Picjumbo com HNCK4432


There are certain aspects of programming that lay dormant or un-touched for sometime, some problem areas that evade your daily grasp until a suite of side-affects in your environment appear to have an inexplicable randomness. One of these problems is that of concurrent file access, that is shared files.

I saw the worst of this come to light one day, when a partially migrated legacy application was running concurrently to a new one (let’s call it version 1). The aspect that was missed here, was that while locking was happening within each individual application, both applications were manipulating the same file. That is the maintainers and developers did not for see that individual applicaiton threads were protected from concurrent access, across application there was no such fail-safe..

So to better understand the problem, let’s try out some scenarios.

File Locking Work Across Applications

A common misconception is that an Exclusive Lock will lock across applications (aka. globally across the OS). This is not true. One might assume a Operating System Level lock would do so, but imagine the sequence of issues that would then ensure including starvation / deadlocks. Here is a simple proof of concept:

Snip #1:

filename = "virtualdomains"
File.open(filename, 'r') do |f|
  success = f.flock(File::LOCK_EX)
  puts "Do I have a lock? #{success == 0 ? true : false}" 
  puts "Holding lock..."


In the snippet above, I am placing an exclusive lock on the “virtual domains” file (File::LOCK_EX) and thereafter calling sleep. While that is running I open another terminal and run the following piece of code:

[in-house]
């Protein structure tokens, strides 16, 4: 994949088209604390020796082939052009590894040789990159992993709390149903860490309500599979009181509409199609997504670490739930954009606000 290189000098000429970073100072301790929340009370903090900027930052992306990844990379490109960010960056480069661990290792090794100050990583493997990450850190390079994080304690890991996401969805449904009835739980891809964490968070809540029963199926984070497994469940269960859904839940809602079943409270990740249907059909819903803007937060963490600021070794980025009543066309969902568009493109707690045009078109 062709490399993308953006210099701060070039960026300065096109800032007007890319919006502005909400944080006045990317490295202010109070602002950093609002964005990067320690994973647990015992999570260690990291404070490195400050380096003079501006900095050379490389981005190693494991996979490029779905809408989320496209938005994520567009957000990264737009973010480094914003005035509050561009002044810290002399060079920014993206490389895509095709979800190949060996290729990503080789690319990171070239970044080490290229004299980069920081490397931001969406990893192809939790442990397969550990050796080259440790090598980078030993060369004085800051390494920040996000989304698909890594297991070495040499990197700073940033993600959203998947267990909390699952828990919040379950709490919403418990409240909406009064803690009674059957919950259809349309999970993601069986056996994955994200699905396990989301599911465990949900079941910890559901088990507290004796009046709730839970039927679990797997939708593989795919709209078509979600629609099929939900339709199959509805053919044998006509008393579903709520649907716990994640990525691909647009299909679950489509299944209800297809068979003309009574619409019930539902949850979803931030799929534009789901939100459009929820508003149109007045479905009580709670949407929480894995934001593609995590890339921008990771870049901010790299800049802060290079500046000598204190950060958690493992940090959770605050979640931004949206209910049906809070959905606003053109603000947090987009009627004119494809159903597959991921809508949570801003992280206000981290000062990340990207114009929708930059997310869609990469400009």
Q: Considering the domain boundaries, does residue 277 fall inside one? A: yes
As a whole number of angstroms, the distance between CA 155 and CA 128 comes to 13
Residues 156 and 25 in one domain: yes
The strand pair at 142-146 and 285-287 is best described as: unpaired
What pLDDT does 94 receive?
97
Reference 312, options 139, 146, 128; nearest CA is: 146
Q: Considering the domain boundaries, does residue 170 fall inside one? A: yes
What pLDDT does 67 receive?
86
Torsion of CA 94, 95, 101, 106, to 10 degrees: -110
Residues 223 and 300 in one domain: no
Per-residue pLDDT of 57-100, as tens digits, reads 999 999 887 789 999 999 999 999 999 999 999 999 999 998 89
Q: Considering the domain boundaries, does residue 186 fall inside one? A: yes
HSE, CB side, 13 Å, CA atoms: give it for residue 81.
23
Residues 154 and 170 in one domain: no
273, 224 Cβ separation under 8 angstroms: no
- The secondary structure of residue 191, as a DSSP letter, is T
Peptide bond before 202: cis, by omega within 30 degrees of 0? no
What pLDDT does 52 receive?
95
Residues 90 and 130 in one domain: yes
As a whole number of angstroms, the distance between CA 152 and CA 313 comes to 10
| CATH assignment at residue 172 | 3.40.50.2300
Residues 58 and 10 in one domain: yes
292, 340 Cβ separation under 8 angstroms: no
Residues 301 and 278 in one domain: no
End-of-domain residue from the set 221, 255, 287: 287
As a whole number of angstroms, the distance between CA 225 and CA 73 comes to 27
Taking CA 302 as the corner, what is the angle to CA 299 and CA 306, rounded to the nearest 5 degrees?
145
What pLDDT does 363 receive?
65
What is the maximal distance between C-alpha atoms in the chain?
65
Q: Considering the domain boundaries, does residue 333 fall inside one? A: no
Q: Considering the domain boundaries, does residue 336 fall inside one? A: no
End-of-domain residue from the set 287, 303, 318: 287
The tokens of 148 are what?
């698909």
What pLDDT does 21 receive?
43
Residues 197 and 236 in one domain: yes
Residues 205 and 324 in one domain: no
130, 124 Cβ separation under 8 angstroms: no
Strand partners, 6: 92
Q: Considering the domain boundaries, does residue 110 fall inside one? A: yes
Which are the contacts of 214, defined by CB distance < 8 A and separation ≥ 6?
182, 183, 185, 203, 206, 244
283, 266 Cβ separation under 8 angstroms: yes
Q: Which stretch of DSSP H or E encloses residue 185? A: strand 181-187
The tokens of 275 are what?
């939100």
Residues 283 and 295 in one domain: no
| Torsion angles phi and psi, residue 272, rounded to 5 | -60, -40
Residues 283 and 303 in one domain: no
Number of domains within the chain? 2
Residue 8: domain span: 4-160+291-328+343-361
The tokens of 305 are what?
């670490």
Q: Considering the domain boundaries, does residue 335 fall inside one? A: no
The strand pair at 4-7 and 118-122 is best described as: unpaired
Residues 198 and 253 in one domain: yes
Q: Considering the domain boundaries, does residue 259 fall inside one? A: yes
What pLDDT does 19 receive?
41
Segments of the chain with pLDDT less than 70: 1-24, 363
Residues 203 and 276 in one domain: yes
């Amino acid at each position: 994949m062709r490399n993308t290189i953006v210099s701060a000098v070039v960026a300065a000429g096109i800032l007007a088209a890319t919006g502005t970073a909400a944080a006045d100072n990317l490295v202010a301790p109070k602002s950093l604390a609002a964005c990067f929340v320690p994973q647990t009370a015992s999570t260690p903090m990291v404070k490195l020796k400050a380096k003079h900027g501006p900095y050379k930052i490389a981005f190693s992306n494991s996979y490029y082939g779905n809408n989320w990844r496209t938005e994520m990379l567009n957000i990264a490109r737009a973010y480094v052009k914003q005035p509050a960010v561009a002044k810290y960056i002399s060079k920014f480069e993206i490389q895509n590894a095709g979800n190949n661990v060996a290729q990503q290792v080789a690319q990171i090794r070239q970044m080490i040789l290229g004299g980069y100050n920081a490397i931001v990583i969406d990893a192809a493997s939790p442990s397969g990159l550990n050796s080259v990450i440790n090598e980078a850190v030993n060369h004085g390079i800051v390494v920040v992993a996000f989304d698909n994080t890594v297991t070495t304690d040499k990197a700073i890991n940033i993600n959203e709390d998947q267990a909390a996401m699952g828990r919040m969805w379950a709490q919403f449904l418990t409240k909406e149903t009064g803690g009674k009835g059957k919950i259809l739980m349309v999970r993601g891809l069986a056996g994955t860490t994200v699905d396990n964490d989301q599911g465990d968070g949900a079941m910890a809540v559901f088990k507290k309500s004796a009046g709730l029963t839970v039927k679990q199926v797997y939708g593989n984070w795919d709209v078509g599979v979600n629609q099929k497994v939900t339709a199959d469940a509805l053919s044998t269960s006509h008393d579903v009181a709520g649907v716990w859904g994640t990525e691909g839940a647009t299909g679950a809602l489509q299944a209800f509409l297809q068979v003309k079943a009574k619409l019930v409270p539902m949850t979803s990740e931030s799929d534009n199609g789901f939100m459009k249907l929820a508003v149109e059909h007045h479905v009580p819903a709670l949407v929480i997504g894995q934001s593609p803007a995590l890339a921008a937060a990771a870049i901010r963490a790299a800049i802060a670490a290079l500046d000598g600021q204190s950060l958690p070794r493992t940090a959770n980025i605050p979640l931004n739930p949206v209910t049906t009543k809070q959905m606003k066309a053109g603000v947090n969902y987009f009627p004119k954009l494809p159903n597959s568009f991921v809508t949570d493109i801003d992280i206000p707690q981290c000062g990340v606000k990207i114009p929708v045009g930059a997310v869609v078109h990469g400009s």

Snip #2

echo "Hello World" >> virtual domains

That echo would have absolutely no problem appending to our exclusively locked virtual domains file, and thus proving to us, that file system locks (at least in Linux) does not work. But that is not a problem, it’s design. Remember, an operating system is not a database, it is not managing records or rows, nor should it “generally” speaking.

Another valuable lesson here, is that opening a file with the attribute of ‘w’ or ‘w+’ will lead to truncation before the file can be written too. 

File Locking Work Within The Same Application Across Threads

If however you wanted to lock within an application, then so much the easier – provided again, you retain the knowledge of nothing external to application (or process) that will be manipulating your resource (with a similar or likely timing).

Snip #3

filename = "/virtualdomains"
File.open(filename, 'w') do |f|
  old_pos = 0
  f.each do |line|
    f.pos = old_pos
    f.print line.gsub(/^dane/, "#dane")
    old_pos = f.pos

In the snippet above if we execute this code and then open another terminal and try again, we will immediately see that our exclusive locks now holds true and our code will block, till the sleep has expired.

An important lesson here, is that Ruby provides LOCK_NB (non-blocking) which will return false for such a scenario, as demonstrated below.

Snip #4

def read_to_write(filename)
  wrote_contents = true
  tries ||= 3
  File.open(filename, 'r+') do |file|
      locked = file.flock(File::LOCK_NB | File::LOCK_EX)
      raise "Failed to get exclusive lock on #{filename}" if !locked
      entries = File.readlines(filename).collect(&:strip)
      entries.collect! { |entry| entry.gsub(/^my$/, "#my") }
      file << entries.join("\n")
    rescue Exception => e
      retry unless (tries -= 1).zero?
      wrote_contents = false

How does File Locking Work in Regards to Reads?

As a last point of discussion it’s important to realise that no matter the lock or how you would implement it (r+ attribute -> read then write), you  cannot block a read from happening, and as such, one should be well aware prior to assuming it’s state before a write (without a good concurrency/locking mechanism at play).